Next we safari at Kruger. This national park is larger than Israel. Each day at 5:30 am and near dusk a ranger takes us out in high-sided, open-air jeeps with tiered seating for 3 to 7 hours. Train your bladder as there is no exiting the vehicle except for lunch in a secure compound. There are repeated warnings that viewing game is a gamble like going to Vegas. Fortunately the weather is dry and cloudy, which animals prefer for heading to waterholes.

Amazingly, we see ibex, antelope, impala, hippo, rhino, eland, zebra, Nile crocodile, warthog, mongoose, honey badger and wildebeest. Many are less than 2 metres away. Lions creep through long grass to eye Cape buffalo. A hyena family plays with their cubs. They have jaw strength second only to crocodiles and they’ll take on a lion. A leopard holds onto his kill encircled by vultures. Giraffes playfully press necks while nearby sentry birds monitor for predators. Mother elephants and baboons nurse their babies. We live half a world away and yet grew up with stories of African animals. Big magic.

A typical greeting is Sawubona, which is Zulu for “I see you”. See you next in Cairo.

Egypt

Cairo is home to over 25 million people. All of them are on the road at once.

As usual in a new city, I join a walking food tour and try tamarind juice; cardamom coffee; mint and vinegar drink; flat bread filled with hummus, fresh coriander patties and super crisp potato; deep fried brains (a cross between scrambled egg and chicken) and numerous nut pastries, sticky with honey. We visit a 14th century market where Al Fishawi’s has served mint tea since 1773. It is now well over 40 degrees. Summer temperatures can reach 55. Businesses and even doctors cater to clients at a milder 1 am.

No one got the memo about the dangers of smoking. But there is lots to be awestruck over: the pyramids of Giza with their somehow manoeuvred stone in seamless symmetry while the Sphinx stands guard; Karnak Temple lit up at night in regal indigo; the Egyptian Museum with its towering statues and King Tut’s gold coffin.

On my birthday, ‘Mariapatra’ is exotically on a 4 day cruise down the Nile. The world’s longest river is more than 4 times the length of New Zealand. The Egyptians invented the 365 day calendar to predict its flooding. Female commoners then could own property, run businesses and initiate divorce.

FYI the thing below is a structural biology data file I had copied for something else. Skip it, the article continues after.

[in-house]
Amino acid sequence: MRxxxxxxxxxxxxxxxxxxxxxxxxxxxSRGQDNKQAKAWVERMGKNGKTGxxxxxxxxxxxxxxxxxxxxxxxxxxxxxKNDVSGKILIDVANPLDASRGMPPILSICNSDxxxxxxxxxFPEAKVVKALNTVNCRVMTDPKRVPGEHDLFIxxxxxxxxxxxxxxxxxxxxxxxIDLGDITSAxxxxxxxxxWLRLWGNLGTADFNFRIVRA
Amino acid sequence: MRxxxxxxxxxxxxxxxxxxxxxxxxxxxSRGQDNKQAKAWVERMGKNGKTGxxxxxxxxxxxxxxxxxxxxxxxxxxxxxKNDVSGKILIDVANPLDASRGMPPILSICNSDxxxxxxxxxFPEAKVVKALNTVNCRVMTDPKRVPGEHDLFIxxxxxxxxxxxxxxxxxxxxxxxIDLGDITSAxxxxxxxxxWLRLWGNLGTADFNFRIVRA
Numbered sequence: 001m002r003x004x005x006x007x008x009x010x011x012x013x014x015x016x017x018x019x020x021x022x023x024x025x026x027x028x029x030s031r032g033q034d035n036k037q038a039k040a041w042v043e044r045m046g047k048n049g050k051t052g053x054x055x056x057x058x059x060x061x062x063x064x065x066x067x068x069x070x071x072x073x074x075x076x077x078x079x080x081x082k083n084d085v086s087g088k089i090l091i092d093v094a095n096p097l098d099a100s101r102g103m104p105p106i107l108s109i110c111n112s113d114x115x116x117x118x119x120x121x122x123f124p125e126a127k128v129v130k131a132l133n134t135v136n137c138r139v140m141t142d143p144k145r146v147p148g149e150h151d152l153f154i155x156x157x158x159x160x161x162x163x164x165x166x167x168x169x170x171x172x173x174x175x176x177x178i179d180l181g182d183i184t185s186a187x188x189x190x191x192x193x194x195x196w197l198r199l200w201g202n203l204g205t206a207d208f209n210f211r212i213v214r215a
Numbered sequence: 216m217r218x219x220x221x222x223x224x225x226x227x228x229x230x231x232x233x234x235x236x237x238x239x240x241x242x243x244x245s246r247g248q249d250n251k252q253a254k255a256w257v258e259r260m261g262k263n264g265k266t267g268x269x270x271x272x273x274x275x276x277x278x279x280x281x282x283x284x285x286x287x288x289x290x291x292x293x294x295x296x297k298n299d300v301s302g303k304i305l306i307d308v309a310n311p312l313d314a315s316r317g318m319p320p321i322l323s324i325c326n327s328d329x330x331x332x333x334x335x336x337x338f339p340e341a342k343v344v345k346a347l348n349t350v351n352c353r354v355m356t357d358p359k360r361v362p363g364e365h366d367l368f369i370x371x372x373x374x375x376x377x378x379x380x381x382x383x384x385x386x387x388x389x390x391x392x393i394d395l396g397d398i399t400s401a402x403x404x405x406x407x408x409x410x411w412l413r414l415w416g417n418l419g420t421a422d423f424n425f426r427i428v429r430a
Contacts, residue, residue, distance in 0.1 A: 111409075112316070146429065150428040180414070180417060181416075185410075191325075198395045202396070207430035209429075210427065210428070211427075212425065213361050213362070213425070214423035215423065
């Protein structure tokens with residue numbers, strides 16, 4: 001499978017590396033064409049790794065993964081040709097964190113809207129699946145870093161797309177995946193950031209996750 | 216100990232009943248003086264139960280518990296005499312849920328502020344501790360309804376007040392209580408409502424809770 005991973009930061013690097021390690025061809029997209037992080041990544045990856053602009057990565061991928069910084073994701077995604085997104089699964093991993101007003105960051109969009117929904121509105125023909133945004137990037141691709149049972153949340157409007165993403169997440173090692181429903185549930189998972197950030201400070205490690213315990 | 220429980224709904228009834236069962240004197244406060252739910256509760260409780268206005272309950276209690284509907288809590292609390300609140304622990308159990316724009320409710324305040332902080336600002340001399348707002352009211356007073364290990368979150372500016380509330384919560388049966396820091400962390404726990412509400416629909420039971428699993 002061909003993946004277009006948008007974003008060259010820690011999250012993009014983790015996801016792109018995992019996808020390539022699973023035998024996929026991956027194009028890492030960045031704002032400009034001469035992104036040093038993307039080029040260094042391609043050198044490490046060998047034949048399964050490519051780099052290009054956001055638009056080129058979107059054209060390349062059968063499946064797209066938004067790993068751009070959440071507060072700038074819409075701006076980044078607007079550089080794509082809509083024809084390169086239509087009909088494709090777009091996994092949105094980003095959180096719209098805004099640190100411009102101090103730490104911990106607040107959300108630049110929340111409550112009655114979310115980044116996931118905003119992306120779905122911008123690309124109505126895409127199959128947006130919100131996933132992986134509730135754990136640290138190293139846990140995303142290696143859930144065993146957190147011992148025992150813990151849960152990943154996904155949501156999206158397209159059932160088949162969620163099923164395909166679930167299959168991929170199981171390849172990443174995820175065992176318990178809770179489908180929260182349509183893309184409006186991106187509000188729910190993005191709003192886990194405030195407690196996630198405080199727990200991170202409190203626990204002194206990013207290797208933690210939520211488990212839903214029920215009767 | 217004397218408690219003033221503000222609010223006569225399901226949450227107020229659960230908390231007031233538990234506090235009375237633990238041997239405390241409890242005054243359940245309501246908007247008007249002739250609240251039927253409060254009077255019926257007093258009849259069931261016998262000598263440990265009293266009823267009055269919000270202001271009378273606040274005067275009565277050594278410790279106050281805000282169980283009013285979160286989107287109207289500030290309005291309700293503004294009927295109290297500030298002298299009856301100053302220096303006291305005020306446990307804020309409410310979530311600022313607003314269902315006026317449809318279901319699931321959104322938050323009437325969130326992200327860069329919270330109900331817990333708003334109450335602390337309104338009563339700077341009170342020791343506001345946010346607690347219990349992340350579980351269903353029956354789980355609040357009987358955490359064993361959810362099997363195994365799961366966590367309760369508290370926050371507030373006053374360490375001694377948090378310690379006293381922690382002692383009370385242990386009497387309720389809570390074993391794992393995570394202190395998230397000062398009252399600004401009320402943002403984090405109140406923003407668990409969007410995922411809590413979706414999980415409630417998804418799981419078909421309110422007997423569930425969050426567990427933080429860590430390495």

When travelling, I love my hour long buffet breakfasts. Though most Europeans are GDW (Guilty of Dining White) and stick to familiar pale starches, plus eggs. There are such usual items while I sample the many pickled fish, fruits and vegetables; herb and spice seasoned soft curd cheese speckled with caraway; eggplant everything; halva and comb honey; legume stews with a side of couscous and whole grilled chillies; filo parcels with spiced lentils. In the evening I try a national favourite: whole pigeon stuffed with rice and raisins.

Whether on the pool deck or out the open window of my elegant stateroom, there is a changing scene of banana palms, water buffalo, donkeys pulling carts of raw sugarcane, children swimming, and men fishing out of small sail boats. We stop and visit the Valley of the Kings and its tombs of Queen Hatshepsut and other rulers with their hieroglyphics telling tales from 3,300 years ago.

At night, the all-male crew play traditional instruments and show us men’s dance moves with lots of arm and shoulder action. On the river, young men will hire an open air boat, play music and dance together just as our youths might get together over beer and pizza.

Morocco

“Come with me to the kasbah”.

The Kingdom of Morocco is mint and mosaics; cedar wood forests, coastal life and snowy mountains; serpentine 9th century market places; and the towering dunes of the Sahara.

If you ask for a cup of tea you automatically get a glass filled with green tea and fresh mint leaves. It is Africa’s top tourist destination and second only to Hollywood as a film set. Over 70% of the population is under 30.